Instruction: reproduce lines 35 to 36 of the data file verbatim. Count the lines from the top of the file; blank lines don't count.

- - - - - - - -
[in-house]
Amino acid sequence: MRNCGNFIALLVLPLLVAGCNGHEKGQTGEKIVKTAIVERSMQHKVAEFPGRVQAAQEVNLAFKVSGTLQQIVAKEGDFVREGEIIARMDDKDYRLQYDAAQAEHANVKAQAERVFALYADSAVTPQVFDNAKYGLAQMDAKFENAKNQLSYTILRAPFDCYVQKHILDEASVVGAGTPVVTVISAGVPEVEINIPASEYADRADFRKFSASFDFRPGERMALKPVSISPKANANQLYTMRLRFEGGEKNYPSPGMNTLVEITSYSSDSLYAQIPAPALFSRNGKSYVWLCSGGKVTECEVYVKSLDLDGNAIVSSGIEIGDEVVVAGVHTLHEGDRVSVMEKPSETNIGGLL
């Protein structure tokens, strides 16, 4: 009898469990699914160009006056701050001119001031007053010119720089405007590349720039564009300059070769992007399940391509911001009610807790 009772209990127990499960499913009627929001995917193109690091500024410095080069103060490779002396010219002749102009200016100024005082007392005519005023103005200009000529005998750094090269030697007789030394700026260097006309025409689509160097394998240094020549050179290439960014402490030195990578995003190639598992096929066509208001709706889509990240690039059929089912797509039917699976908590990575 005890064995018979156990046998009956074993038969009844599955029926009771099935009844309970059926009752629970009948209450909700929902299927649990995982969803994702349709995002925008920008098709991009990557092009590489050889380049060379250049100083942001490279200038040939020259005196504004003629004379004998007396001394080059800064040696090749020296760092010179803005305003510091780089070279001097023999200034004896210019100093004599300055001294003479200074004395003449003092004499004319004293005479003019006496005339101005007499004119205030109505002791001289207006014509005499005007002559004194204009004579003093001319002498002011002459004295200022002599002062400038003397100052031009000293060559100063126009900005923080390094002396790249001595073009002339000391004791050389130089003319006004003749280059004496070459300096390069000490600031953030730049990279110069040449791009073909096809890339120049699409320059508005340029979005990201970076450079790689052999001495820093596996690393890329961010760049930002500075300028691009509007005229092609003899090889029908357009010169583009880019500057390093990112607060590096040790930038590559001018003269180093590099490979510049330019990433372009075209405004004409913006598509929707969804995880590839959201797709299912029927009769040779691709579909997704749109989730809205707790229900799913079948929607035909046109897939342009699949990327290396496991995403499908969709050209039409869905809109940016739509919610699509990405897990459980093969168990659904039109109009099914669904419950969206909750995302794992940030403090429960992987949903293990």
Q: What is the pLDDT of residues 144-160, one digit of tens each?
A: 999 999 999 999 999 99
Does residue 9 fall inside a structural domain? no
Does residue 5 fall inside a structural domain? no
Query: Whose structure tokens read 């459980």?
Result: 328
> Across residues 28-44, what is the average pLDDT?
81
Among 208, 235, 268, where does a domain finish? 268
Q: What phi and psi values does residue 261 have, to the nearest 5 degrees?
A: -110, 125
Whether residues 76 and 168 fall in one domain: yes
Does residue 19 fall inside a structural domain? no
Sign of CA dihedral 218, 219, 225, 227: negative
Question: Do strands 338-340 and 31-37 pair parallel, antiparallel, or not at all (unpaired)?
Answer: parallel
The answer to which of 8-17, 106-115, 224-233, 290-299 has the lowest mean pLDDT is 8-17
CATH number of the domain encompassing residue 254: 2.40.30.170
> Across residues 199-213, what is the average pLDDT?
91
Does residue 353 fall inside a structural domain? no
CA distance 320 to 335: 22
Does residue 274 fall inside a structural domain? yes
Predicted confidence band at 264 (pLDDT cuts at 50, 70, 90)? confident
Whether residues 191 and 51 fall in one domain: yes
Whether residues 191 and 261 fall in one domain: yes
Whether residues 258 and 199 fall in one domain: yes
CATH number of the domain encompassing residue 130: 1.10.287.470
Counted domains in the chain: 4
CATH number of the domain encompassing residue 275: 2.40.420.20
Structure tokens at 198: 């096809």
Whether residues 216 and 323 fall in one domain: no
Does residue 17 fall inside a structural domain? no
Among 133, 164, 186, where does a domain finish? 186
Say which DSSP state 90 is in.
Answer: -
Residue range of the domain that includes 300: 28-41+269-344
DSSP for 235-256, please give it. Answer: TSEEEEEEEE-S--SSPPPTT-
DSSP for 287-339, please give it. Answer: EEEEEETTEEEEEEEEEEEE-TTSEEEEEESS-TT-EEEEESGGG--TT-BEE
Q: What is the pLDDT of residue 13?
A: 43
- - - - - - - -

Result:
Whether residues 216 and 323 fall in one domain: no
Does residue 17 fall inside a structural domain? no